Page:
Abbas Alleges Link Between Zionists And Nazis
The news emerging out of Israel seems to point, at first blush, toward a stern rebuke to Benjamin Netanyahu’s leadership. Netanyahu has guided Israel to unprecedented international isolation, income disparity, and diplomatic stasis. Indeed, he deserves much of the blame for the current stalemate with the Palestinians, given his recurrent and self-fulfilling refrain that there is no partner for peace. I am a fierce critic of Netanyahu and the immoral and destructive policies of his government (and previous ones). But it is necessary and sobering to recall that his presumptive partners for peace are hardly without blemish.
I was reminded of this upon hearing the statement attributed on Monday to Mahmoud Abbas, the president of the Palestinian Authority, suggesting that one would be foolhardy “to deny the relationship between Zionism and Nazism before World War II.”
This is a terse formulation that leaves much unsaid. And yet, Abbas’s own history fills in some of the blanks. Before gaining renown as a Palestinian politician—indeed, as a mild-mannered and moderate politician—he wrote a dissertation at a Russian university in 1982 that was published two years later in Arabic as “The Other Side: The Secret Relationship between Nazism and Zionism.” In it, Abbas asserts that the number of Jews murdered by Nazis was less than one million. The oft-quoted figure of six million dead, he maintains, was but a myth, foisted on the world by the singularly demonic Zionists. It is they, Abbas further claimed, who collaborated with the Nazis during the War to incite hatred of European Jews in order to validate their own ideology. And it was they who then sought after the War to exploit the death of Jews to their own advantage.
Now it must be said that scholars of the Holocaust are not unanimous in agreeing on the figure of six million. Rather, they offer a range of numbers that moves between five and six million. But these estimates are far from Abbas’s figure, which no credible scholar would deign to propose.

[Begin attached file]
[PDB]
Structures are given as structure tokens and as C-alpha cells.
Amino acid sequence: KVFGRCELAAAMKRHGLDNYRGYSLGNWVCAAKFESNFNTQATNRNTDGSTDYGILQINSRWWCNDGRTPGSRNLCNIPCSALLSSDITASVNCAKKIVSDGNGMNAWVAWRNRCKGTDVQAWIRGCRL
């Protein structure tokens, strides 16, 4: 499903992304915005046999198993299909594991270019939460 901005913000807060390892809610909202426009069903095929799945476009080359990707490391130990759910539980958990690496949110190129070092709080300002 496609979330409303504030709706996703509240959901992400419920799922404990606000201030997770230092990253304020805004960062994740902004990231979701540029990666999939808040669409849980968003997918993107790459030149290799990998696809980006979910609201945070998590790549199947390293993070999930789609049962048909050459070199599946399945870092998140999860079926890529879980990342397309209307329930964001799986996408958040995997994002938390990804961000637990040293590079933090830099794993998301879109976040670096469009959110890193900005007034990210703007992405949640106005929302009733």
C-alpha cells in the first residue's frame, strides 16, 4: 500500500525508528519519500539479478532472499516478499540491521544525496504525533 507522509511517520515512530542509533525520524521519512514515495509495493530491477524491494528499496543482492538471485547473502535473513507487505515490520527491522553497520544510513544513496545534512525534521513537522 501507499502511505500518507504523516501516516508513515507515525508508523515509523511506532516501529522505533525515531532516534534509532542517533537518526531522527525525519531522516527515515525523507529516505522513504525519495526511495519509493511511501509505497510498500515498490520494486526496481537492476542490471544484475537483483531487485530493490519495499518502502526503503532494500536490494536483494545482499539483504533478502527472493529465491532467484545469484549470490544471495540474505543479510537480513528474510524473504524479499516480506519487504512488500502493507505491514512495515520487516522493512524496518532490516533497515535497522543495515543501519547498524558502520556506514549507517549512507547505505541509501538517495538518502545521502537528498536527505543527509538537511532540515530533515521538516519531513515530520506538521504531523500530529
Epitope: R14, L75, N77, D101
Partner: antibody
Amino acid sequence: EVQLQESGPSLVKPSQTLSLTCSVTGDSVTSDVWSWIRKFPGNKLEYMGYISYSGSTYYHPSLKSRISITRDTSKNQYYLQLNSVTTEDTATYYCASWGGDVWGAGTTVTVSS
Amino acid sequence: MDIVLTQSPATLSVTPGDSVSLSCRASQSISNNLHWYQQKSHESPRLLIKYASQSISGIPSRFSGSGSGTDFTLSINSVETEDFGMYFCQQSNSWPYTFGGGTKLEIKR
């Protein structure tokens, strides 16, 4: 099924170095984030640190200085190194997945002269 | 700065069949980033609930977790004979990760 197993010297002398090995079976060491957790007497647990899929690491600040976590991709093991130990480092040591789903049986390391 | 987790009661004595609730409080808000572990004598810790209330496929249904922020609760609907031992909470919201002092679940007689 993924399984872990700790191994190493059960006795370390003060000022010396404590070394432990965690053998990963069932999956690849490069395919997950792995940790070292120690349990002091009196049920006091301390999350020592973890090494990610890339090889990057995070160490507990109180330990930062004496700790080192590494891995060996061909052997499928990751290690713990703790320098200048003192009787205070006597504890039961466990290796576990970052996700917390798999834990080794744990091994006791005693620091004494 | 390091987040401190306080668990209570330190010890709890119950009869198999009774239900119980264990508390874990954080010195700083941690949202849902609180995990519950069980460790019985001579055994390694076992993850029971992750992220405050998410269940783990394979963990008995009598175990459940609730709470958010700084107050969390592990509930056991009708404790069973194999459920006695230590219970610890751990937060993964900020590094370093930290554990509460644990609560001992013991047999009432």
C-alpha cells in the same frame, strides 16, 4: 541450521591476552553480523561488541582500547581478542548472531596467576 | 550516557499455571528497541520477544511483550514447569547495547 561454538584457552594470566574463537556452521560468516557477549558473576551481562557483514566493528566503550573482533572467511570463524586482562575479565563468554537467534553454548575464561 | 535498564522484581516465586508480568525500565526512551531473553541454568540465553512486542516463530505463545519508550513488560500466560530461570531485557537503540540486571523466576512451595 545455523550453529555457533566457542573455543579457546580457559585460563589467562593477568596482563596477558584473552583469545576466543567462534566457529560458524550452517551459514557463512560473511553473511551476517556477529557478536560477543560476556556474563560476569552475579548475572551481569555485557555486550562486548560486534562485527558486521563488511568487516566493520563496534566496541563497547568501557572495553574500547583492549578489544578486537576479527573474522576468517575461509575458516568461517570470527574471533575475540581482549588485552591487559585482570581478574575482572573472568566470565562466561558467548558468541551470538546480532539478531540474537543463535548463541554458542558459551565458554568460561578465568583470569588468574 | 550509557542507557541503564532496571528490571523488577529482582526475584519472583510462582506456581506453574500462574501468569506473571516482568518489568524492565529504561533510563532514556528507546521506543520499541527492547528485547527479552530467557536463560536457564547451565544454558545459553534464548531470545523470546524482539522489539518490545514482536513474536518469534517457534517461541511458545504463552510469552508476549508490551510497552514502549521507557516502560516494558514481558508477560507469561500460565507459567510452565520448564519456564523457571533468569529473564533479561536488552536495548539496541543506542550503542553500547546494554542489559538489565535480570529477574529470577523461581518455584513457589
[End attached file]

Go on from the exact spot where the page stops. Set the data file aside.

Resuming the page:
It also must be noted there were periodic contacts between Zionists and Nazis before and during the War. For example, in August 1933, the Zionist Federation of Germany signed an agreement with the German government (and the Anglo-Palestine Bank) known as the “Haavara” (Transfer) which allowed for the transfer of Jewish property from Germany to Palestine as a means of encouraging Jewish emigration there. And during the War, Zionist officials in Palestine and elsewhere pursued a number of ransom plans whose goal was the liberation of European Jews. Perhaps the most well-known of these plans was the “Merchandise for Blood” proposal of 1944 according to which one million Jews would be exchanged for 10,000 trucks. The negotiations were conducted between Adolf Eichmann, the SS officer for Jewish Affairs, and the Hungarian Zionists Joel Brand and Rudolf Kasztner. The end result of these contacts was the release of no more and no less than 1685 Jews, which helps explain why the legacies of Brand and especially Kasztner remain bitterly contested among Jews to this day.
To extrapolate from these few episodes an ongoing collaboration between Nazis and Jews is an historiographical sin of commission that rests on a faulty grasp of context and a distorted reading of the sources at hand—at best. It must be noted that Abbas conducted an interview in May 2003 with Israeli jouralist Akiva Eldar in which he appeared to renounce his earlier "research," insisting that "I have no desire to argue with these (conventional) figures" (that is, the number of Jewish dead in the Holocaust). But this week's interview seems to represent a retreat. More disturbingly, it reflects a conspiratorial cast that often afflicts Palestinian renderings of the Jewish past. The aim of these renderings, truth be told, is to invalidate the historical experience of Jews. Yasir Arafat and other Palestinian officials frequently called into question the historicity of the Western Wall as a way of undermining the claim of ancient Jewish settlement in Jerusalem. And while the clause (#18) in the original Palestine National Charter that informed Jews that they were members of a religion, but not a nation, was excised in the heady days of Oslo, it continues to inform the thinking of many Palestinians and supporters of their cause, far too many for anyone’s good.
These heavy-handed and distorted historical views are not the chief cause of the ill will between Palestinians and Zionists. Indeed, I raise them not in order to wipe clean the historical record of Zionism toward the Palestinians. Both Zionism and Israel have much to answer for in this regard. But the perpetuation of such historical narishkayt—to which we must add the vile anti-Semitism in Egyptian President Morsi’s recent description of Zionists as descendants of “apes and monkeys”—should be called out for what it is.
Peace, it can be safely assumed, will not be delivered by nuanced historical analysis alone. But neither can its path be paved by the kind of historical distortions that Mahmoud Abbas recently—and recurrently—has pedaled.